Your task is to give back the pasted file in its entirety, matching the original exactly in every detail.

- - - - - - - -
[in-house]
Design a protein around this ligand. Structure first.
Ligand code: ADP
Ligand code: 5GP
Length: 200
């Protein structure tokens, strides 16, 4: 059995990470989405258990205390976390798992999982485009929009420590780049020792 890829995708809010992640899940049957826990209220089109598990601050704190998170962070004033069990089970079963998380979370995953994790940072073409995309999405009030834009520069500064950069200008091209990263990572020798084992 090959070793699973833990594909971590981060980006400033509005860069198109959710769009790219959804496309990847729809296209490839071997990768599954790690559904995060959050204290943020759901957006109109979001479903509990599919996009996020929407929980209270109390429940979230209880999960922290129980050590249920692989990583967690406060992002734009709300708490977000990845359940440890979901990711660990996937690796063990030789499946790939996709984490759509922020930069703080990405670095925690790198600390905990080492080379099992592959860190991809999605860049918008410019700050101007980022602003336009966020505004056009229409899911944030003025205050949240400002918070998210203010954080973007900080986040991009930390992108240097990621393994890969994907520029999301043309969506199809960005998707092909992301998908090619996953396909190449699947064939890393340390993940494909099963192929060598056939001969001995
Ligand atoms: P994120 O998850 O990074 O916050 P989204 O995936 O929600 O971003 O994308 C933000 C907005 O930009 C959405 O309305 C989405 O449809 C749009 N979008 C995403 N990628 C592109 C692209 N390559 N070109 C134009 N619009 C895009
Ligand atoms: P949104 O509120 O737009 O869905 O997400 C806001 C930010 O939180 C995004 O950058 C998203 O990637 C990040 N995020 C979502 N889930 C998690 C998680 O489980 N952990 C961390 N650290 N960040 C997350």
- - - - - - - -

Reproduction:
[in-house]
Design a protein around this ligand. Structure first.
Ligand code: ADP
Ligand code: 5GP
Length: 200
């Protein structure tokens, strides 16, 4: 059995990470989405258990205390976390798992999982485009929009420590780049020792 890829995708809010992640899940049957826990209220089109598990601050704190998170962070004033069990089970079963998380979370995953994790940072073409995309999405009030834009520069500064950069200008091209990263990572020798084992 090959070793699973833990594909971590981060980006400033509005860069198109959710769009790219959804496309990847729809296209490839071997990768599954790690559904995060959050204290943020759901957006109109979001479903509990599919996009996020929407929980209270109390429940979230209880999960922290129980050590249920692989990583967690406060992002734009709300708490977000990845359940440890979901990711660990996937690796063990030789499946790939996709984490759509922020930069703080990405670095925690790198600390905990080492080379099992592959860190991809999605860049918008410019700050101007980022602003336009966020505004056009229409899911944030003025205050949240400002918070998210203010954080973007900080986040991009930390992108240097990621393994890969994907520029999301043309969506199809960005998707092909992301998908090619996953396909190449699947064939890393340390993940494909099963192929060598056939001969001995
Ligand atoms: P994120 O998850 O990074 O916050 P989204 O995936 O929600 O971003 O994308 C933000 C907005 O930009 C959405 O309305 C989405 O449809 C749009 N979008 C995403 N990628 C592109 C692209 N390559 N070109 C134009 N619009 C895009
Ligand atoms: P949104 O509120 O737009 O869905 O997400 C806001 C930010 O939180 C995004 O950058 C998203 O990637 C990040 N995020 C979502 N889930 C998690 C998680 O489980 N952990 C961390 N650290 N960040 C997350």